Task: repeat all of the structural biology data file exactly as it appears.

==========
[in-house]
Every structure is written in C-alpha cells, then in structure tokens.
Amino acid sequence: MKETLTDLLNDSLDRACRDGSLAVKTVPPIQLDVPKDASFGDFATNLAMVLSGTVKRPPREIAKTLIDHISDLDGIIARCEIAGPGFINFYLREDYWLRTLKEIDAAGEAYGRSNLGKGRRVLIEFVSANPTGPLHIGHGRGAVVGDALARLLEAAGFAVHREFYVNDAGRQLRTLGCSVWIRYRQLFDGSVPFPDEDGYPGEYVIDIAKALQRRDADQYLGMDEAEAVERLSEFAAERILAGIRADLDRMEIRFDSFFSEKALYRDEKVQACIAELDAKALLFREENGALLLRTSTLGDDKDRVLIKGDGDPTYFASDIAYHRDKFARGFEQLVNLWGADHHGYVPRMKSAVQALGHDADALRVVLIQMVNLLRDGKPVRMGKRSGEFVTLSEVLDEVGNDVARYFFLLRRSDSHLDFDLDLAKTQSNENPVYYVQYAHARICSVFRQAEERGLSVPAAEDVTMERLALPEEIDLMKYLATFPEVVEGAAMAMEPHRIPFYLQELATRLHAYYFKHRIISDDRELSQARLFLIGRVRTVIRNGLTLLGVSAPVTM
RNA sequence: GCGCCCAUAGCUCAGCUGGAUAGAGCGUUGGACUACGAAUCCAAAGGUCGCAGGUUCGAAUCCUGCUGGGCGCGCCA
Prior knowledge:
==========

[in-house]
Every structure is written in C-alpha cells, then in structure tokens.
Amino acid sequence: MKETLTDLLNDSLDRACRDGSLAVKTVPPIQLDVPKDASFGDFATNLAMVLSGTVKRPPREIAKTLIDHISDLDGIIARCEIAGPGFINFYLREDYWLRTLKEIDAAGEAYGRSNLGKGRRVLIEFVSANPTGPLHIGHGRGAVVGDALARLLEAAGFAVHREFYVNDAGRQLRTLGCSVWIRYRQLFDGSVPFPDEDGYPGEYVIDIAKALQRRDADQYLGMDEAEAVERLSEFAAERILAGIRADLDRMEIRFDSFFSEKALYRDEKVQACIAELDAKALLFREENGALLLRTSTLGDDKDRVLIKGDGDPTYFASDIAYHRDKFARGFEQLVNLWGADHHGYVPRMKSAVQALGHDADALRVVLIQMVNLLRDGKPVRMGKRSGEFVTLSEVLDEVGNDVARYFFLLRRSDSHLDFDLDLAKTQSNENPVYYVQYAHARICSVFRQAEERGLSVPAAEDVTMERLALPEEIDLMKYLATFPEVVEGAAMAMEPHRIPFYLQELATRLHAYYFKHRIISDDRELSQARLFLIGRVRTVIRNGLTLLGVSAPVTM
RNA sequence: GCGCCCAUAGCUCAGCUGGAUAGAGCGUUGGACUACGAAUCCAAAGGUCGCAGGUUCGAAUCCUGCUGGGCGCGCCA
Prior knowledge: